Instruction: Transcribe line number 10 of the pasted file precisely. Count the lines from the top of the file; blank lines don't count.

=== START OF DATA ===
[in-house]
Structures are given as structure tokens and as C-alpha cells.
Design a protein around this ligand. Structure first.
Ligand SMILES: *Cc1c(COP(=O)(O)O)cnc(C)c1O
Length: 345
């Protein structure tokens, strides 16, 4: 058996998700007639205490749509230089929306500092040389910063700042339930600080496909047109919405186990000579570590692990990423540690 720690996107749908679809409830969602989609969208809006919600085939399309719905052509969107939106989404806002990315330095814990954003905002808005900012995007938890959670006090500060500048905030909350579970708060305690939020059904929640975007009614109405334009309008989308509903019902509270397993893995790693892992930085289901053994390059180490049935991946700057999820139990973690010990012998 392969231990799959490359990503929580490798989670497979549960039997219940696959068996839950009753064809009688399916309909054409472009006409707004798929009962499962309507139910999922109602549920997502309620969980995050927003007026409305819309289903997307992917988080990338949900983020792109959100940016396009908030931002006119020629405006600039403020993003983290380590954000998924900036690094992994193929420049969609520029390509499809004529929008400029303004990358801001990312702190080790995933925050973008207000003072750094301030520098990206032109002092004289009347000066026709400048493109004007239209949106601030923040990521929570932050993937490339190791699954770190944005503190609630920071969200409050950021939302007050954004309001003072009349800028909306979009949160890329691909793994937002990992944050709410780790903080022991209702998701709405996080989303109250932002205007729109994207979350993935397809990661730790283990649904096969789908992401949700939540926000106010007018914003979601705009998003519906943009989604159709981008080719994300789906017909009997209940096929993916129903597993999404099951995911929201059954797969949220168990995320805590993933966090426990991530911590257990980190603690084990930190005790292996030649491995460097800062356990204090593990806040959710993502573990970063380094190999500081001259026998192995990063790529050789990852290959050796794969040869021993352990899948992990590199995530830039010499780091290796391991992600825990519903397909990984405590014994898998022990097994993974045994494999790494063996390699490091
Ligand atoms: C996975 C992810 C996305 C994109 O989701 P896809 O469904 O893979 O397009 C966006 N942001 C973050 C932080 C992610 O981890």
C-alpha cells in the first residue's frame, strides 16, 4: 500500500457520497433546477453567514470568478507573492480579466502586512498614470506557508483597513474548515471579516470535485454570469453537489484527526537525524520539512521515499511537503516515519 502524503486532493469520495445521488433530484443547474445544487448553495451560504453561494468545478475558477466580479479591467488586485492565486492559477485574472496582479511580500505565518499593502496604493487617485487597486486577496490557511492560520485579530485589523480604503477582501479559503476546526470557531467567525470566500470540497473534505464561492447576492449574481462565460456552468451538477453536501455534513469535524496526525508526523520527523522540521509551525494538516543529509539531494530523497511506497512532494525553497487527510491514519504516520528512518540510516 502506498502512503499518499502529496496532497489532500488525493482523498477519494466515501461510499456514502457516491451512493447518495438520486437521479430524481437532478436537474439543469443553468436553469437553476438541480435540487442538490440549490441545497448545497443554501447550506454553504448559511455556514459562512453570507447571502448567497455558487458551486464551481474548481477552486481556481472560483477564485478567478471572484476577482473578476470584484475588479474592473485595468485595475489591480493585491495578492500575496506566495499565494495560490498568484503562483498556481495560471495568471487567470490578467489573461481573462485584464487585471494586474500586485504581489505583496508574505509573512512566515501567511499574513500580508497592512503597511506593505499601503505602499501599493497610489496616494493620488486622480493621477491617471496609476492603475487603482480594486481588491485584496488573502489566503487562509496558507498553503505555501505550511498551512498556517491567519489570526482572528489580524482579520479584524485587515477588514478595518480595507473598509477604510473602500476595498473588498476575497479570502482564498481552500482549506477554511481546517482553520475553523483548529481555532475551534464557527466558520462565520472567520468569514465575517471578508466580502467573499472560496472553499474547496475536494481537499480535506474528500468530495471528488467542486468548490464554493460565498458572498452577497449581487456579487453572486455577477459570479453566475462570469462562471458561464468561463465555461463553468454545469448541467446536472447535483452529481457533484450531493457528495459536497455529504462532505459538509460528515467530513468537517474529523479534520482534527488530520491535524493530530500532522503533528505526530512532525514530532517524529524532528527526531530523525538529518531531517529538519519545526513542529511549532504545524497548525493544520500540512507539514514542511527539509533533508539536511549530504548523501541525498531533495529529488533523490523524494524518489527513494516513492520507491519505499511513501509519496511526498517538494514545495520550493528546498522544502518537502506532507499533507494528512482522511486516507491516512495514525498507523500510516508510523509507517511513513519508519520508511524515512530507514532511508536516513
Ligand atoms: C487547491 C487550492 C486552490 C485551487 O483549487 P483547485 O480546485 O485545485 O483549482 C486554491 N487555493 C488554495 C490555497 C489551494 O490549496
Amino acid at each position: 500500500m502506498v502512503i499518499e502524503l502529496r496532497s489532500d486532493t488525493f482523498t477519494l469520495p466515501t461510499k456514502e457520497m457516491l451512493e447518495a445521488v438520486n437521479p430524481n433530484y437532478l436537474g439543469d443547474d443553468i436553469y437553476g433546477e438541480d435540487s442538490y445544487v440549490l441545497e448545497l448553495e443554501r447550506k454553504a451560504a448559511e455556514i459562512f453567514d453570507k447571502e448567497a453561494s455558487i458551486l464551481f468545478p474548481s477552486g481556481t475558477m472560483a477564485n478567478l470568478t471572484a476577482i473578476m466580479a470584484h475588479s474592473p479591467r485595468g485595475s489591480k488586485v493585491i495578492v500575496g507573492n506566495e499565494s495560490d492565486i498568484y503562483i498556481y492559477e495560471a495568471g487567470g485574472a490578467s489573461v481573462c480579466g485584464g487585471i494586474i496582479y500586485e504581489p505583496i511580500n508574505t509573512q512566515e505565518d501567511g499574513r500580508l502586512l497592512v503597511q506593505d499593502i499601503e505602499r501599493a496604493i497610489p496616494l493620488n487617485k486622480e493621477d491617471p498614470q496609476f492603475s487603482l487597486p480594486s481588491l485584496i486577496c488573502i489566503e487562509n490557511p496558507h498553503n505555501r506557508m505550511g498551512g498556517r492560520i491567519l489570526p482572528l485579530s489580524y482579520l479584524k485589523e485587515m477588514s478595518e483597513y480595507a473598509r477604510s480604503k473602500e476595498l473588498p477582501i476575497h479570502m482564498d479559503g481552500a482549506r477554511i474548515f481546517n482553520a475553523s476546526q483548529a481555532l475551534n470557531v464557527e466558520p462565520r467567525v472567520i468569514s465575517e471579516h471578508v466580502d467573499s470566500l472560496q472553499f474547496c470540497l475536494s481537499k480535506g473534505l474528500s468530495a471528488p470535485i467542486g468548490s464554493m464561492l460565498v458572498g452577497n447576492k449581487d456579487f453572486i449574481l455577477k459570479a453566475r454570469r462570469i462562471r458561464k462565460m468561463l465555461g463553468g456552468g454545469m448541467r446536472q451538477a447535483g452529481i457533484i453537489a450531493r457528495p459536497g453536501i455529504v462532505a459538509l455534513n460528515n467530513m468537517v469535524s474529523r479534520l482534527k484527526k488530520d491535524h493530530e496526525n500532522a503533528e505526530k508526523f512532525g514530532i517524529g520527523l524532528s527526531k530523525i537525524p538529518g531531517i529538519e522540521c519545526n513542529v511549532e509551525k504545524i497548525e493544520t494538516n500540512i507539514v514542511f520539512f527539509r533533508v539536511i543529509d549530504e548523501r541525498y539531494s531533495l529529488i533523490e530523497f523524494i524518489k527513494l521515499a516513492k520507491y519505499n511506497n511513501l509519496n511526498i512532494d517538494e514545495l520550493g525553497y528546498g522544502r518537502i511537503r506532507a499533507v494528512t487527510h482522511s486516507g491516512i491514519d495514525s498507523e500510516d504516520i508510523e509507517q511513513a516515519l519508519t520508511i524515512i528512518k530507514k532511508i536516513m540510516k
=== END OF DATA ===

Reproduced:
Amino acid at each position: 500500500m502506498v502512503i499518499e502524503l502529496r496532497s489532500d486532493t488525493f482523498t477519494l469520495p466515501t461510499k456514502e457520497m457516491l451512493e447518495a445521488v438520486n437521479p430524481n433530484y437532478l436537474g439543469d443547474d443553468i436553469y437553476g433546477e438541480d435540487s442538490y445544487v440549490l441545497e448545497l448553495e443554501r447550506k454553504a451560504a448559511e455556514i459562512f453567514d453570507k447571502e448567497a453561494s455558487i458551486l464551481f468545478p474548481s477552486g481556481t475558477m472560483a477564485n478567478l470568478t471572484a476577482i473578476m466580479a470584484h475588479s474592473p479591467r485595468g485595475s489591480k488586485v493585491i495578492v500575496g507573492n506566495e499565494s495560490d492565486i498568484y503562483i498556481y492559477e495560471a495568471g487567470g485574472a490578467s489573461v481573462c480579466g485584464g487585471i494586474i496582479y500586485e504581489p505583496i511580500n508574505t509573512q512566515e505565518d501567511g499574513r500580508l502586512l497592512v503597511q506593505d499593502i499601503e505602499r501599493a496604493i497610489p496616494l493620488n487617485k486622480e493621477d491617471p498614470q496609476f492603475s487603482l487597486p480594486s481588491l485584496i486577496c488573502i489566503e487562509n490557511p496558507h498553503n505555501r506557508m505550511g498551512g498556517r492560520i491567519l489570526p482572528l485579530s489580524y482579520l479584524k485589523e485587515m477588514s478595518e483597513y480595507a473598509r477604510s480604503k473602500e476595498l473588498p477582501i476575497h479570502m482564498d479559503g481552500a482549506r477554511i474548515f481546517n482553520a475553523s476546526q483548529a481555532l475551534n470557531v464557527e466558520p462565520r467567525v472567520i468569514s465575517e471579516h471578508v466580502d467573499s470566500l472560496q472553499f474547496c470540497l475536494s481537499k480535506g473534505l474528500s468530495a471528488p470535485i467542486g468548490s464554493m464561492l460565498v458572498g452577497n447576492k449581487d456579487f453572486i449574481l455577477k459570479a453566475r454570469r462570469i462562471r458561464k462565460m468561463l465555461g463553468g456552468g454545469m448541467r446536472q451538477a447535483g452529481i457533484i453537489a450531493r457528495p459536497g453536501i455529504v462532505a459538509l455534513n460528515n467530513m468537517v469535524s474529523r479534520l482534527k484527526k488530520d491535524h493530530e496526525n500532522a503533528e505526530k508526523f512532525g514530532i517524529g520527523l524532528s527526531k530523525i537525524p538529518g531531517i529538519e522540521c519545526n513542529v511549532e509551525k504545524i497548525e493544520t494538516n500540512i507539514v514542511f520539512f527539509r533533508v539536511i543529509d549530504e548523501r541525498y539531494s531533495l529529488i533523490e530523497f523524494i524518489k527513494l521515499a516513492k520507491y519505499n511506497n511513501l509519496n511526498i512532494d517538494e514545495l520550493g525553497y528546498g522544502r518537502i511537503r506532507a499533507v494528512t487527510h482522511s486516507g491516512i491514519d495514525s498507523e500510516d504516520i508510523e509507517q511513513a516515519l519508519t520508511i524515512i528512518k530507514k532511508i536516513m540510516k